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Improving User Experience

Im Dokument Affective automotive user interfaces (Seite 35-40)

Improving User Experience

Affective Automotive User Interfaces

In our work, we focus on the the balance of power between assistant and user in a range from subor-dinate to equivalent and their relational level in a range from casual to formal [P11]. We contribute insights from a driving study in real traffic with four assistant personalities in comparison with a baseline character [P7]. Personalized assistant characters were trusted more than the default and non-fitting user-assistant matches. Subjective user experience evaluations also showed matched characters as most likable and inverted assignments as unappealing. Adaptive characters showed no benefit on usefulness or satisfaction. However, mismatched personalities were reported as significantly less useful and less satisfying than the baseline and personalized assistants. All characters were rated as suitable for automotive UIs regarding the induced workload.

Participants considered the display of personality most appropriate in situations with less driving-related activity and for functionalities that are not time sensitive, like controlling distant IoT devices.

From this, we derive the requirement for context-aware adaptation, as driving-related information needs to be presented in precise language without an abundance of stylistic or emotional expressions.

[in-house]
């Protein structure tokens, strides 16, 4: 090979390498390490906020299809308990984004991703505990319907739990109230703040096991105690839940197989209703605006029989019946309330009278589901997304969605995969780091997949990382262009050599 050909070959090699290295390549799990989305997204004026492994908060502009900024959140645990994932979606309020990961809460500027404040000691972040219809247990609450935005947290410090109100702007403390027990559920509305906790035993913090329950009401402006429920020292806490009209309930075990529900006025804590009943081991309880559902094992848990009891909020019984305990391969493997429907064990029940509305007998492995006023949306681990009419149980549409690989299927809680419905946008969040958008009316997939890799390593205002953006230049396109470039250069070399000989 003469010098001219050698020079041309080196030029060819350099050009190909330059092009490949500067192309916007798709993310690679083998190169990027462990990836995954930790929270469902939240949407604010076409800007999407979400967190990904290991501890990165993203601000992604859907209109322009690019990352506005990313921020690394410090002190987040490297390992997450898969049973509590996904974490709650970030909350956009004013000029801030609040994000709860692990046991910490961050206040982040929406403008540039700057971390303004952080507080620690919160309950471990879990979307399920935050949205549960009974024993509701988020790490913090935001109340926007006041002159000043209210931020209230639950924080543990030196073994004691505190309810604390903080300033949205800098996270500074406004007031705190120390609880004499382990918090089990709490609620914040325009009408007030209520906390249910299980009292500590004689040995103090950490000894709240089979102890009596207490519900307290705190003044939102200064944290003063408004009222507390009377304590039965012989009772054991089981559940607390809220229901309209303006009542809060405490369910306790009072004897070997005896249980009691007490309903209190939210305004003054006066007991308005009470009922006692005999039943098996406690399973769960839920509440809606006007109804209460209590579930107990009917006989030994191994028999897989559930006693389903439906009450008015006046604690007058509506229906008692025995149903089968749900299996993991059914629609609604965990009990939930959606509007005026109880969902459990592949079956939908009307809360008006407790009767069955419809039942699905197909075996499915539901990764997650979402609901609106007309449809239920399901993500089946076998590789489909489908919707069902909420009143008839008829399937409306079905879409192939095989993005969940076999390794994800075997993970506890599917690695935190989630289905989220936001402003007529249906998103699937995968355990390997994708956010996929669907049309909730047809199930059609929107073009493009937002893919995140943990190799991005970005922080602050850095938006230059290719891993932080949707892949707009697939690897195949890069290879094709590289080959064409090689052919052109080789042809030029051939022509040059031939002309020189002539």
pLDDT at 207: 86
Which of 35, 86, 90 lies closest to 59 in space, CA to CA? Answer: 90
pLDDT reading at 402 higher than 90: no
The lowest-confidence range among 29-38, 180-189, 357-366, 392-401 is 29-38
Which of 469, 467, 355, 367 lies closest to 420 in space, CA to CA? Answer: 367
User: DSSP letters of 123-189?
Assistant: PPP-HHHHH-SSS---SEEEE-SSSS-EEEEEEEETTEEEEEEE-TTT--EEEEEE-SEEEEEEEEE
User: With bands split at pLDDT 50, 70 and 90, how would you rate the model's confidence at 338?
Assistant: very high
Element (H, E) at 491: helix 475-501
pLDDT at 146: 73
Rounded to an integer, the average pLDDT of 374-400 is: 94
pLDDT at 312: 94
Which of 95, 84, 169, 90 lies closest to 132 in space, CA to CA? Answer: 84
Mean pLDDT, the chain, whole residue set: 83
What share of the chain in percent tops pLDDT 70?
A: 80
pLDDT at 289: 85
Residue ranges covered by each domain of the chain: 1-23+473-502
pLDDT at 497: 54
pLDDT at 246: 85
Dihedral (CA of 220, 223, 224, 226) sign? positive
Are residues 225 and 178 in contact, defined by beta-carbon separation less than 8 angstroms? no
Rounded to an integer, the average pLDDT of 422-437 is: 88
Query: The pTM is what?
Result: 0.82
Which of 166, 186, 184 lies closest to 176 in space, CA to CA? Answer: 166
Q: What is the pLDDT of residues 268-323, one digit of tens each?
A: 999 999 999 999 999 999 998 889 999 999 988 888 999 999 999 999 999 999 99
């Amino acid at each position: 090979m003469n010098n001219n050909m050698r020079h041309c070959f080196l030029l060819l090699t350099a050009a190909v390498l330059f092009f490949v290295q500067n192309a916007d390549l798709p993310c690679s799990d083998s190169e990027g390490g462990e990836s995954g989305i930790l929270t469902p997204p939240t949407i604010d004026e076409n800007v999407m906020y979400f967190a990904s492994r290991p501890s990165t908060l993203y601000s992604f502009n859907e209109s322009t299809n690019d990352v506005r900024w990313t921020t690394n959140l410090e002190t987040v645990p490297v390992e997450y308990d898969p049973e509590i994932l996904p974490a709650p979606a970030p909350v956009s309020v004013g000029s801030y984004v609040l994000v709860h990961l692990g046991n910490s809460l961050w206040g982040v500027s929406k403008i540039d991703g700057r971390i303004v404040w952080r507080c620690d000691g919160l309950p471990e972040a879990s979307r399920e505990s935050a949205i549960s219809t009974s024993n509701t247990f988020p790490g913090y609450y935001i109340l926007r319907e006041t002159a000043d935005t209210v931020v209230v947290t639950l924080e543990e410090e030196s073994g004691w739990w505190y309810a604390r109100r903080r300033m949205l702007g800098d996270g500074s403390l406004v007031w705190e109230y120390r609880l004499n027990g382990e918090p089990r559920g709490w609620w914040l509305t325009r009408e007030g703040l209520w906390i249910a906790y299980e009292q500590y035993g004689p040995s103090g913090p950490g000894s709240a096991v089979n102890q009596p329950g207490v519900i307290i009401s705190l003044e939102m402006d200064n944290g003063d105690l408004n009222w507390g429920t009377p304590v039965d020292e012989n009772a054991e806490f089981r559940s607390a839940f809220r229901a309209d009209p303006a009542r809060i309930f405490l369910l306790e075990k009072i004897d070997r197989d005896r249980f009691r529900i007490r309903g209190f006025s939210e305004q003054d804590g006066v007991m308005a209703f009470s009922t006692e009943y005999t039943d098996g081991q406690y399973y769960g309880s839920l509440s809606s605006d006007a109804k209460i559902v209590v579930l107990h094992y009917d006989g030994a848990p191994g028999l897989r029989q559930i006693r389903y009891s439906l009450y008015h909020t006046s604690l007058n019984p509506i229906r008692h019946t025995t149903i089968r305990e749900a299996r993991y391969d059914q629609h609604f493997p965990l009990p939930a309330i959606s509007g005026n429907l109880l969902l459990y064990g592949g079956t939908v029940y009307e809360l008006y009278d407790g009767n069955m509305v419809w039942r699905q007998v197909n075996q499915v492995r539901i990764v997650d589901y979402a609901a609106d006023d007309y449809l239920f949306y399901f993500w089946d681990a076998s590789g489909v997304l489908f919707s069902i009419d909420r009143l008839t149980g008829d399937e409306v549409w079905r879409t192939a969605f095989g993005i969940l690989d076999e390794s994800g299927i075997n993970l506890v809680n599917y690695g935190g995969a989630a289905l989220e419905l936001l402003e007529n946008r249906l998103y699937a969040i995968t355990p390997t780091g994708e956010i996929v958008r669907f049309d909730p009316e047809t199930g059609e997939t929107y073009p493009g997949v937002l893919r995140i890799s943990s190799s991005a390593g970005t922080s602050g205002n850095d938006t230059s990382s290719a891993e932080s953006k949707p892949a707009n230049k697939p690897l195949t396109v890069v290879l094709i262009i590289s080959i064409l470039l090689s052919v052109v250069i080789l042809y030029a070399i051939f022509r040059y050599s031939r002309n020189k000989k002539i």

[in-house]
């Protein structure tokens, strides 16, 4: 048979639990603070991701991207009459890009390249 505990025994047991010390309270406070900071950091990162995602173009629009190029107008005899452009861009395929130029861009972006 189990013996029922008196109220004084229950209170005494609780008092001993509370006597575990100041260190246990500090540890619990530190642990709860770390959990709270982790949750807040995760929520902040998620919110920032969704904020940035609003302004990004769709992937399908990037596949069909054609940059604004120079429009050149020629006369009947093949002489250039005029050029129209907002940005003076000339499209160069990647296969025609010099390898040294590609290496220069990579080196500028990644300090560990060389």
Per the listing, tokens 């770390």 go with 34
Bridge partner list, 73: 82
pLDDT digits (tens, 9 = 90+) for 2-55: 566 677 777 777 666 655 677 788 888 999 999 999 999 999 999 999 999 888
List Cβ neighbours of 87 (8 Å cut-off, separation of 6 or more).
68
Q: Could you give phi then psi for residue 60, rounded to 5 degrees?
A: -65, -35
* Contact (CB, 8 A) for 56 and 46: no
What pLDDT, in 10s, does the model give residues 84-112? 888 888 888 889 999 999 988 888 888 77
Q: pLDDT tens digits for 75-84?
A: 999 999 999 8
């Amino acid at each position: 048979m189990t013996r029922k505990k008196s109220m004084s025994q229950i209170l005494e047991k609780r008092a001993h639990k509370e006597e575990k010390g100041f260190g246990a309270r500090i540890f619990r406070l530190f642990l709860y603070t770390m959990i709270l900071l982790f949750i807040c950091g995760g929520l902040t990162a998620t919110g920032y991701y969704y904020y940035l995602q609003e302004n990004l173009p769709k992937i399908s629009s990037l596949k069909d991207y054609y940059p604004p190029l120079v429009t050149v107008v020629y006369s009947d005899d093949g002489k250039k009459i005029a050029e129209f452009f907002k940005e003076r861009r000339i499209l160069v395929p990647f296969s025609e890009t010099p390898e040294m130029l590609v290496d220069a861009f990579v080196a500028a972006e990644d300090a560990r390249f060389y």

We also found that implicit adaptation to the user’s personality is more prone to produce mismatches than explicit choices made by the user, which hence are to be preferred.

Digital assistants in the car act as virtual co-drivers and can, thus, contribute to a positive atmosphere but also cause dismay or distract the driver. The user should therefore always be in charge of enabling or disabling the assistant. We also see advantages in user-initiated adaptation of the assistant’s behav-ior, for example by telling them to stop the chit chat. As novice users of digital systems usually delay personalization, the assistant should to some extent also take the initiative to adapt itself incremen-tally. This requires technology to derive preferences or user traits from behavior. Furthermore, we see the increase in automation as favorable factor for personalized natural interaction, as it provides more time for secondary tasks. In-car assistants could in this case help to optimize situational awareness to prepare for take-over requests.